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One in four families sitting in the pews has a member dealing with mental illness. Yet our religious communities are often silent when it comes to understanding mental disorders as treatable illnesses. Persons struggling with a mental illness and their family members often become detached from their faith communities and their spirituality, which could be an important source of healing, wholeness and hope in times of personal darkness.
Published in The Christian Citizen (Vol. 2, 2014), a publication of the American Baptist Home Mission Societies.
A supportive faith community can provide hope, support and the feeling of being connected to something bigger: a place where people are accepted for who they are. But unfortunately not all congregations offer this refuge to individuals who are dealing with mental illness or to their family members.
Published by It's Up To Us to Create a Healthy & Supportive San Diego, Spring 2013
In recent years much has been done to de stigmatise the language used around mental health and in Australia we have wonderful organisations like Beyond Blue, The Black Dog Institute and Sane to name just a few doing wonderful work...
Published by The Brave Discussion, August 2011
The church as one thinks of it serves different purposes in the lives of different people. For some, it is their opportunity each week to leave the outside world behind and reconnect with God. For others, it is a social occasion or perhaps even simply just an obligation. But what of those who absolutely need the church as a rock in their lives, those who struggle daily against the workings of their own minds? Are they able to see the church as not only a place to find spiritual wholeness, but mental wholeness as well? The hope of the Rev. Susan Gregg-Schroeder of Mental Health Ministries in San Diego, Calif., is that soon they will be able to do just that.
Published by the General Board of Higher Education & Ministry, April 2011. Article writen by Aaron Cross.
As an ordained minister and a person who lives with a mental illness, I am often asked why it is so difficult for many spiritual leaders to talk openly about mental illness.
Article written by Rev. Susan Gregg-Schroeder.
When our daughter was first diagnosed with a mental illness, we prayed and prayed that God would take this terrible disease from her. We wanted it to be gone. She wanted it to be gone. No one should be suffering so. Other people were cured of their diseases. They took special medications or had surgery. They listened to everything the doctors told them and they prayed for their disease to be gone….and for many of them it was. There was a cure. Couldn’t there be a cure from our daughter’s mental illness too?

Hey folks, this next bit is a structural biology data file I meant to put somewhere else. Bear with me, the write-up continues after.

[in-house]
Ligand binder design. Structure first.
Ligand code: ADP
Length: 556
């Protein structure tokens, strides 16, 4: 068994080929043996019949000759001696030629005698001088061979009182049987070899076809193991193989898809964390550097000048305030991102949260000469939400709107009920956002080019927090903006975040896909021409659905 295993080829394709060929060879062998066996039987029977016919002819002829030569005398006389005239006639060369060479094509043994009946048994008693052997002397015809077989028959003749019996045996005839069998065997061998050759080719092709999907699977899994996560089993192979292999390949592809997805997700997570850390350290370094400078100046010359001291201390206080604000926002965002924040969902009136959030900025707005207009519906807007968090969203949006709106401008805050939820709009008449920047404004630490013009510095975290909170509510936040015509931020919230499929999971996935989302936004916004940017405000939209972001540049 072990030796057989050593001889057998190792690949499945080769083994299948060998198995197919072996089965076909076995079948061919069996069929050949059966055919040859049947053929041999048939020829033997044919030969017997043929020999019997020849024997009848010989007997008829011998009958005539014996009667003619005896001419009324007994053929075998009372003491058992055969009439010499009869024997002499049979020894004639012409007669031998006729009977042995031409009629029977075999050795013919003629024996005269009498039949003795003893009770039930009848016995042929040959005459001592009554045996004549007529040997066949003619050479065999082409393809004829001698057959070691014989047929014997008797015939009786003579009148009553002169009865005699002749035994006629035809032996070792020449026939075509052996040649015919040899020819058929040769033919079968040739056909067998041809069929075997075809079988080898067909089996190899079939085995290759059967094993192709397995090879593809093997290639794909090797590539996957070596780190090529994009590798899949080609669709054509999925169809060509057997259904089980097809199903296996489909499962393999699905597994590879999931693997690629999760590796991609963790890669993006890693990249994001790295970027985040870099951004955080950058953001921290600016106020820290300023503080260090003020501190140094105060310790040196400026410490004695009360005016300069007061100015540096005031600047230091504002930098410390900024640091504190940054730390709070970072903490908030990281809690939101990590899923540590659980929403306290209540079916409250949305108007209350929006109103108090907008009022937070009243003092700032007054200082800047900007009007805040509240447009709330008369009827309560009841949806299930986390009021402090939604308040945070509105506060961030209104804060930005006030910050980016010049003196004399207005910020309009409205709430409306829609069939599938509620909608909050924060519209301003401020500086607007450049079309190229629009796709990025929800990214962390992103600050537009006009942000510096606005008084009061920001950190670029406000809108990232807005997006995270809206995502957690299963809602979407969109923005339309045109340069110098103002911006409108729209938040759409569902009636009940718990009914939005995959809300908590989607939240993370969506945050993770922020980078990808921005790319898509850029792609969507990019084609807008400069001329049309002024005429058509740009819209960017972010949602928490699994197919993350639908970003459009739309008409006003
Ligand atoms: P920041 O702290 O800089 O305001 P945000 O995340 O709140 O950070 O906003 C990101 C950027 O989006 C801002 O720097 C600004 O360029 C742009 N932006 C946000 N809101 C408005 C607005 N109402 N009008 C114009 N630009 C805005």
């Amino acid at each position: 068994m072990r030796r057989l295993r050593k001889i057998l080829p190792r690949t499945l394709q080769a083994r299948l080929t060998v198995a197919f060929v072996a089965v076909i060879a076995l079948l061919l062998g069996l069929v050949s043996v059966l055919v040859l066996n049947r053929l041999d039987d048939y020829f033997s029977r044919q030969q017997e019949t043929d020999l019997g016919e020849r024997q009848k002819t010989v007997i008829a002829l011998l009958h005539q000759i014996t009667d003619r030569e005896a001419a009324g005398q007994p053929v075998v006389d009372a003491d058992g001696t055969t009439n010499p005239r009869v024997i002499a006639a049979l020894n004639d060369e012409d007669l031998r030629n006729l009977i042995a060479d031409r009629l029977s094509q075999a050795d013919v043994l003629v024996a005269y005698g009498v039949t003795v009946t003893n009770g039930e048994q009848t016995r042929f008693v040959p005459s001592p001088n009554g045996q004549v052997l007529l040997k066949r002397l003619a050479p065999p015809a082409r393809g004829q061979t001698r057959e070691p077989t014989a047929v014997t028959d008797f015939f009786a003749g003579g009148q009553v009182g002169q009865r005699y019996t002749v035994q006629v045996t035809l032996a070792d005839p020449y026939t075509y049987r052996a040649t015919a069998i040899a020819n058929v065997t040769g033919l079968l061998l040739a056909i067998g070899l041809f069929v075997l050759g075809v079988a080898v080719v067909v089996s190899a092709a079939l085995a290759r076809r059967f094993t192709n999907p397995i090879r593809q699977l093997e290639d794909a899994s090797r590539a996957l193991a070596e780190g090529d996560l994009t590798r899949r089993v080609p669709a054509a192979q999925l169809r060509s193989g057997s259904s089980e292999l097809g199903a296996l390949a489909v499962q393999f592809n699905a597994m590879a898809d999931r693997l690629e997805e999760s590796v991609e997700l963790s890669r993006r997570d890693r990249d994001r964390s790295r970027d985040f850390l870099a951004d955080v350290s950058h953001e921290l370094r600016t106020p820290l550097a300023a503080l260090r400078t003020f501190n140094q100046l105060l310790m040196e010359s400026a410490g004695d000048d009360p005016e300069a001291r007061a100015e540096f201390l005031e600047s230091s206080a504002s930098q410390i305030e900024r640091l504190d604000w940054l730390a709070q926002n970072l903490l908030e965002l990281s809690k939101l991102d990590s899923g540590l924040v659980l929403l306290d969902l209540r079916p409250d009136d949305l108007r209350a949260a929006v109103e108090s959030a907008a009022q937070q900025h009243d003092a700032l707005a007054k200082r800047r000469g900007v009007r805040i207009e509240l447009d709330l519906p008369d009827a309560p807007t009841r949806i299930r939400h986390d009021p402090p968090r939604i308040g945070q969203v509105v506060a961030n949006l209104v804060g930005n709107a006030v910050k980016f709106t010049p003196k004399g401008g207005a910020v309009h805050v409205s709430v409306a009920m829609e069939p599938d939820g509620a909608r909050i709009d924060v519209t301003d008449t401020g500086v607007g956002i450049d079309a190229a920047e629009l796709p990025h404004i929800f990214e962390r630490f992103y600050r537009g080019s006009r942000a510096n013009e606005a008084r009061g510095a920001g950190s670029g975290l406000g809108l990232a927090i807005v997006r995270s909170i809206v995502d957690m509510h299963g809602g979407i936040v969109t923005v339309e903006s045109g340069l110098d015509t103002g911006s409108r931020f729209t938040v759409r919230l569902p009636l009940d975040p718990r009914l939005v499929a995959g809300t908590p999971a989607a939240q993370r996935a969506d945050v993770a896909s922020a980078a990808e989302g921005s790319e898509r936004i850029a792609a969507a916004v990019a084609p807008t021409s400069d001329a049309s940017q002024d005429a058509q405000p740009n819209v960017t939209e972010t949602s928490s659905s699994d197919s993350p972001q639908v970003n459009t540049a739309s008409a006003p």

Article written by One Mind Mental Illness Ministry.
What do a Reverend, a Rabbi and a Muslim imam have in common? It may sound like the beginning of an old-time joke, but this time there is no punch line. The 2009 NAMI Annual Convention in San Diego provided workshops on faith and mental illness hosted by the FaithNet Advisory Council to share innovative ideas and projects underway in the grassroots communities.
First published by NAMI Advocate, Fall 2009. Article written by Karen Costa.
At one United Methodist Church in central Kentucky, members always turned up with cards, visits and gifts of food whenever a church family faced a crisis. But when someone in Angie O’Malley’s family was diagnosed with a mental illness in the 1990s, that didn’t happen.
First published by The United Methodist Portal. Article by Bill Fentum.
In the fall of 1991, I found myself in a deep depression. I was in my third year as a pastor at a large urban church in San Diego. I was enjoying my career and the opportunity to serve others. But a series of unexpected events hit me like waves until I was overwhelmed by despair. Little did I know that my journey in the darkness would lead to the discovery of a deep and abiding hope.
Published in Esperanza Magazine, Spring 2008. Article written by Susan Gregg-Schroeder.
THE ROAD HOME from war can be more challenging than the road to war for both combatants and their families. While the reunion is wonderful, after the reunion there may be a difficult period of transition and readjustment. For those who serve in the military ("soldiers") and families with faith, their faith community can be a crucial partner in this process.
I recently went through the anxiety of waiting for the results of a biopsy for possible breast cancer. Gratefully, the biopsy turned out to be benign. But the ten days of waiting and wondering brought forth many feelings.
How many families in your church have a loved one who struggles with mental health problems? That's kind of a trick question. People don't talk about mental health problems.
First published by Vision New England's Ministries with the Disabled, Acton, MA. Article written by Carlene Hill Byron.
Perhaps soon, faith communities will be recognized for their unique perspective that offers healing of the spirit, a way to hold together the fabric of a ravaged community, and hope for the future.
Published by the NAMI Advocate, Fall 2005.
Part of my journey has been to understand my bleakest times as times of fertile darkness.